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[personal profile] dreamcatchings

I just finished reading the fourth (aka 2006-2011) run of Gen 13 a couple of days ago. It was terrible, especially the end of it. The beginning wasn't actually as bad as it could have been even though it was slightly slow and seemed to heavily rely on the fact that any potential readers would already be familiar with the characters from reading the other runs. There were actually quit a few in-jokes to be found in the first two TPBs that hearkened directly back the the first and second runs. While this was a nice touch, I think it also probably hurt the series form being able to branch out and successfully bring in new readers. Don't get me wrong. I'm sure the kids have a lot of loyal fans out there who were very happily clamoring for a new series. The problem is that we didn't get anything worthy of the original two runs. (I cannot discuss the third run because I haven't read it and from the Wiki entry I looked at it didn't sound much like it was really part of the original story anyway so I'm okay with skipping it.)

The fourth run was extremely lackluster in that it refused to do any sort of character exploration. By the end of the series I still had no real feel for the kids. I didn't care about them, and I felt like they were hollowed out. It didn't feel like the creators cared very much for them, either. They occasionally gave some nods to the original personalities of the kids, but that was it. They were more story driven than character driven. I'm all right with that mode of storytelling when it's handled well. If the story is good enough to warrant me not really caring that if you blindfolded me and read the comic to me that all the voices would sound the same I can live with it. This is not the case with the fourth run. The story is haphazard and jumbled. It often diverts itself into other comic books. I don't mind crossovers, but it's important to either divulge enough information about them that the reader can discern what's going on without picking up the book or to make it a completely separate story that has no bearing on the main focus. Gen 13 didn't do that in the fourth run. They just assumed that you'd want to track down the other titles and made it impossible to cohesively follow the plot without searching out the other issues.

By the final issues, which I opted to download as digital comics onto my Fire because there is no TPB and the back issues were pricey in print, the storyline was so garbled and the characterizations so lost that I was completely disgusted and fed up. I like having full runs of things, though, so I gritted my teeth and read it despite the fact that it was practically impossible to follow, which is rare for me. I don't mean to come off sounding like a braggart or anything, but I'm pretty good at following non-linear, leaps of logic plot lines. I sort of prefer it to everything being spelled out for me like I was an idiot. I do get upset if plots are purposefully dropped and forgotten *cough*Harry Potter*cough*, but I'm more than fine with making some leaps and putting things together for myself. It's part of the reason why I love post-modern writers. When the story devolves as much as the World's Endplot, though, I just want to seek out every person responsible, punch them in the face repeatedly and then sit them down to read the original two runs of the comic book they're seemingly purposefully ruining any chance of reviving ever.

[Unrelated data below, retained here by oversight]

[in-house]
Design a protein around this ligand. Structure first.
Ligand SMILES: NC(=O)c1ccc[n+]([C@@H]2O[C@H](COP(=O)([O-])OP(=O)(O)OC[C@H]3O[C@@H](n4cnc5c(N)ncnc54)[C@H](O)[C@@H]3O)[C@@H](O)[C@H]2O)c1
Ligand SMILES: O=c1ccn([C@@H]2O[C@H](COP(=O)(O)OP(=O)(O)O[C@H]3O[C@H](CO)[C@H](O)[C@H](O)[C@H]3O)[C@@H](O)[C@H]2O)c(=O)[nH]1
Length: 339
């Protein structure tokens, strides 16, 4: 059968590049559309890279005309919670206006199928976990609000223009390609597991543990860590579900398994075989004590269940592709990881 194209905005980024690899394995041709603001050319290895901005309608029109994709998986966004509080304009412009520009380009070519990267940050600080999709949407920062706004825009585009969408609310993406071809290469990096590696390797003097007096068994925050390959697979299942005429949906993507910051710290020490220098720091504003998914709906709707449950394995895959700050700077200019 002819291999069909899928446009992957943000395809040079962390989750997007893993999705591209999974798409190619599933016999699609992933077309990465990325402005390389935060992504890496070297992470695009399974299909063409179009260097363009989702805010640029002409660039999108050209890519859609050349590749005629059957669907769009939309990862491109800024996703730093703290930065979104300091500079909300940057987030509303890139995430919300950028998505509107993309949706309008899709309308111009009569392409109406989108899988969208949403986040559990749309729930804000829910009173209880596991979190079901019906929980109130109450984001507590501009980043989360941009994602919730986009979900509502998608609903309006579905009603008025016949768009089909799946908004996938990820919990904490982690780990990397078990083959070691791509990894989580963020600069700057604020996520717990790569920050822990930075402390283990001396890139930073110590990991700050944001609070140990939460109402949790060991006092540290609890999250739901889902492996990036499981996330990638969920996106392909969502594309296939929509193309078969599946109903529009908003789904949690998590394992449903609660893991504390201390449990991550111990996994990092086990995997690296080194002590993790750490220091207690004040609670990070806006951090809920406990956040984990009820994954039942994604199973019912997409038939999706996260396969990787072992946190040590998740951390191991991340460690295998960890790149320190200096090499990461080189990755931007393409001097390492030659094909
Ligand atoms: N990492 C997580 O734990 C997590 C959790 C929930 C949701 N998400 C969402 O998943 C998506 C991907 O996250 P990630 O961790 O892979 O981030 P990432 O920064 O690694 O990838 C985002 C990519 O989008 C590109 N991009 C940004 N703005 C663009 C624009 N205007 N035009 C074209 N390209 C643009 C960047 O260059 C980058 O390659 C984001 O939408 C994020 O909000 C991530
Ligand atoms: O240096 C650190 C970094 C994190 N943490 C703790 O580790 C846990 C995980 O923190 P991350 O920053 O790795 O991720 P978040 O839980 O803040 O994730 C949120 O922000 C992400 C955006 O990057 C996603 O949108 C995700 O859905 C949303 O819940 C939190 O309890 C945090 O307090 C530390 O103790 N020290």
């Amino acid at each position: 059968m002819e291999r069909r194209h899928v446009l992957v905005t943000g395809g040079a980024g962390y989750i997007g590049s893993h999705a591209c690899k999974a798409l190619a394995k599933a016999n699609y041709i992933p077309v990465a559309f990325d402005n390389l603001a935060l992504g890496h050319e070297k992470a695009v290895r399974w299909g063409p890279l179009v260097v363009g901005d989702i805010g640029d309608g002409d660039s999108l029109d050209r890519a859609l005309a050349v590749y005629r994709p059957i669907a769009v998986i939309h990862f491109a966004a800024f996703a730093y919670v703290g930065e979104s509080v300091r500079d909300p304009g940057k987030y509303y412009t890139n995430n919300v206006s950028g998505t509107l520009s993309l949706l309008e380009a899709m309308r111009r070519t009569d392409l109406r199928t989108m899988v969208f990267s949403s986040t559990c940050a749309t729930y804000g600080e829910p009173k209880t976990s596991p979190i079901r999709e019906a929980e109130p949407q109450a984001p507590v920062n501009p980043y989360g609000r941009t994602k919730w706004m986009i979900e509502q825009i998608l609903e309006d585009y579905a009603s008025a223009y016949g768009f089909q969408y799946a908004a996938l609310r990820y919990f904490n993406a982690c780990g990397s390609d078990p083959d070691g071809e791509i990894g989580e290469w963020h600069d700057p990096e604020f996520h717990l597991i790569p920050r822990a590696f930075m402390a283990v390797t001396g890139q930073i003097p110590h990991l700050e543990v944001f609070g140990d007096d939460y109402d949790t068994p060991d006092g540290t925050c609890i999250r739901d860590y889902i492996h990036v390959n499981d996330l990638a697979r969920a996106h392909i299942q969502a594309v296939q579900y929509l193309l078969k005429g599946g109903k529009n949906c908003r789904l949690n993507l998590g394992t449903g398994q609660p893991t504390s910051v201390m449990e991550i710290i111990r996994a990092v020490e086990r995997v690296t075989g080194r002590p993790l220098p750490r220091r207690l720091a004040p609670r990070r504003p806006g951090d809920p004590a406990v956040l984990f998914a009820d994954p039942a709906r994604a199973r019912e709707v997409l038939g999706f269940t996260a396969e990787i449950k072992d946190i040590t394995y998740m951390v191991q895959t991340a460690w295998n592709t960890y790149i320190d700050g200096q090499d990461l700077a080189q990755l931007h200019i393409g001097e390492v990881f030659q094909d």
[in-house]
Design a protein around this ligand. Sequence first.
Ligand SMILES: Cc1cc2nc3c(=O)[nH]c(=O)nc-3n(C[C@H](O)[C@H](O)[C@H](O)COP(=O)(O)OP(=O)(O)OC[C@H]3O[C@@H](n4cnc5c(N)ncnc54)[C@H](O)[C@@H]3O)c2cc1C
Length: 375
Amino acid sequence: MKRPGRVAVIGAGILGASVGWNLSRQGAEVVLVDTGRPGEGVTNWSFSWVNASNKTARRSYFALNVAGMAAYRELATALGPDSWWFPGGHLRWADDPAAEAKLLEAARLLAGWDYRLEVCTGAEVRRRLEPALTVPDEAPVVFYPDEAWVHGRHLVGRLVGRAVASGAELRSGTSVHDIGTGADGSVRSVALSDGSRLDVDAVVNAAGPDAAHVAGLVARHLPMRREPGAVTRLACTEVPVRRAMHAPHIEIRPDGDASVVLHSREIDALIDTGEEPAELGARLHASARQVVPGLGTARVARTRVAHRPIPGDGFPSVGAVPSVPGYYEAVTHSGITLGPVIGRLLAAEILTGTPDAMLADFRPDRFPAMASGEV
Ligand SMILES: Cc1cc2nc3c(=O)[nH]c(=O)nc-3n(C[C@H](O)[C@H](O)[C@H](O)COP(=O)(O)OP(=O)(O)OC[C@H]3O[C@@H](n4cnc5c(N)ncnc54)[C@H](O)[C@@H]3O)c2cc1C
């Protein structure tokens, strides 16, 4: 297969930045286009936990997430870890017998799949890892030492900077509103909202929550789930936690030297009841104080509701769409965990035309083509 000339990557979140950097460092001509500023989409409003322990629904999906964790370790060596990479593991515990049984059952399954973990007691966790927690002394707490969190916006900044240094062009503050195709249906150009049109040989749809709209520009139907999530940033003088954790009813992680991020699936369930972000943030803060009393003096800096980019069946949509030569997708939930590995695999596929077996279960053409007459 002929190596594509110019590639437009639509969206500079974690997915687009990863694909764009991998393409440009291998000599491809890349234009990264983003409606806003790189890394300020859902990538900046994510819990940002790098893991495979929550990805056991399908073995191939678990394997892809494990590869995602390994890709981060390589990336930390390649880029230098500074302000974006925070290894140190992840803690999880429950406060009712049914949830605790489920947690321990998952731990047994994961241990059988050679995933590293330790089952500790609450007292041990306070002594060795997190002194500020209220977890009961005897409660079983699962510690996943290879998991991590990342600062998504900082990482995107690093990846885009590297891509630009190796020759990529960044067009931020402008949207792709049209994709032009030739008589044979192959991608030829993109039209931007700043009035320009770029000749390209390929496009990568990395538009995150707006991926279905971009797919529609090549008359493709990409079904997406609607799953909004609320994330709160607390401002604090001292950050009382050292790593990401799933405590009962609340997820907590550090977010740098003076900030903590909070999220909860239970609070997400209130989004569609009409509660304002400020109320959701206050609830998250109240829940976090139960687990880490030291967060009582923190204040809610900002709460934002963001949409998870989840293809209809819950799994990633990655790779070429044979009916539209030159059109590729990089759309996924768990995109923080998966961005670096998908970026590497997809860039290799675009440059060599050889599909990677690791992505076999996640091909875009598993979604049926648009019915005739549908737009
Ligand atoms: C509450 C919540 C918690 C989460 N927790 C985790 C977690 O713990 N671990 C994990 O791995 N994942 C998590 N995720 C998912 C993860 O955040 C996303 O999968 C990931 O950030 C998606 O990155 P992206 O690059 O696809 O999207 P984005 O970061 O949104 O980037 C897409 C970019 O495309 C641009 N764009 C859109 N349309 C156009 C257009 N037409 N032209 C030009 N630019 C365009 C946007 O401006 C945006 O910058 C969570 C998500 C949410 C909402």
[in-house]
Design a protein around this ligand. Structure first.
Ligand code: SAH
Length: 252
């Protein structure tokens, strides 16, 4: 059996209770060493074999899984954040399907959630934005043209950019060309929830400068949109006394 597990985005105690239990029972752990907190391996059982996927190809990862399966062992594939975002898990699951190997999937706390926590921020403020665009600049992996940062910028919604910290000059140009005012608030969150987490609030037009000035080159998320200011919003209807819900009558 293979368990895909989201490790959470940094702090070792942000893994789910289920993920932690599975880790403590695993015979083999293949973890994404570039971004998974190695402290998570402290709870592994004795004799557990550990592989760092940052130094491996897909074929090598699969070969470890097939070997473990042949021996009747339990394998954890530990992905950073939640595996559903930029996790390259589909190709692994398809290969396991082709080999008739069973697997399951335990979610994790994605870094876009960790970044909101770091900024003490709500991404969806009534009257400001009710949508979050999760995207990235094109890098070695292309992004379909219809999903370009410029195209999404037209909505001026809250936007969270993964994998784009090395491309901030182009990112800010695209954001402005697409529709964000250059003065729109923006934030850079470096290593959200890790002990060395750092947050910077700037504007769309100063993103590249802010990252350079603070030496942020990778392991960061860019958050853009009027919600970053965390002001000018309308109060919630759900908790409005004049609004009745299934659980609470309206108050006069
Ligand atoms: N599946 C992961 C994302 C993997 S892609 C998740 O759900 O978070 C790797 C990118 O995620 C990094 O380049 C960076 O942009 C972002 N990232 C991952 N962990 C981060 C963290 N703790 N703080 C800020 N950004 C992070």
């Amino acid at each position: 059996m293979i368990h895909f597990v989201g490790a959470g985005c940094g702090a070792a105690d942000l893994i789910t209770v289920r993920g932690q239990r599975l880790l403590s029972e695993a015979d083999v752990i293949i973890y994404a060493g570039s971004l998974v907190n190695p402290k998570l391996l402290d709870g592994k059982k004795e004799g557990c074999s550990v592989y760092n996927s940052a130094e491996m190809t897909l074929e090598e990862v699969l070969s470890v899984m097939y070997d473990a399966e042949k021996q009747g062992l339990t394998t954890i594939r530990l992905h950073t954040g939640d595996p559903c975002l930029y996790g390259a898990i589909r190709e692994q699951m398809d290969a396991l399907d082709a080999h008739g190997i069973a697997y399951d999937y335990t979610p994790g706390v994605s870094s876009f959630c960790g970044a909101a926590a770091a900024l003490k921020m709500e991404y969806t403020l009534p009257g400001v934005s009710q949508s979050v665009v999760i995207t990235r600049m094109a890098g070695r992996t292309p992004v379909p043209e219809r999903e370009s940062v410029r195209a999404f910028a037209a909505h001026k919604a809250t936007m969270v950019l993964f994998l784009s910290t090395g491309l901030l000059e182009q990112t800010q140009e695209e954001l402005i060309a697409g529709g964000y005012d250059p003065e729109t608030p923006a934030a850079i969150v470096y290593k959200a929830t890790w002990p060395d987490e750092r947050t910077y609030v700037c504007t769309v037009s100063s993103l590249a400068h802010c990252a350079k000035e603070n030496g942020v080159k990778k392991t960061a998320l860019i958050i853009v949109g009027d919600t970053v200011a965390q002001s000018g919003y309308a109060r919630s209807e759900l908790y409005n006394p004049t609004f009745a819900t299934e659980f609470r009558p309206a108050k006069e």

I'll admit that I got into Gen 13 late. I don't remember when it was exactly, but I know that it had been out for several years by that point. The whole reason I got into it was actually because of a good review/synopsis that was in Wizard, which I bought and read whenever I could. (It should be noted here that my comic obsession started when I was young and thus there was never enough money of my own to go around in order to buy all the comics I wanted. The allowance that I earned I never saw because my mother just took me to the comic book store weekly, and it was spent before I could have ever asked for it in cash. Thus I sort of learned how to efficiently manage credit at an early age. I had to keep track of the accumulating "imaginary" allowance and then subtract anything I bought from it. Sometimes I would go over and have to "pay it back" by waiting the accumulation out. It was a weird system, but I think it was very helpful for me in the long run considering how good I am at managing my finances.)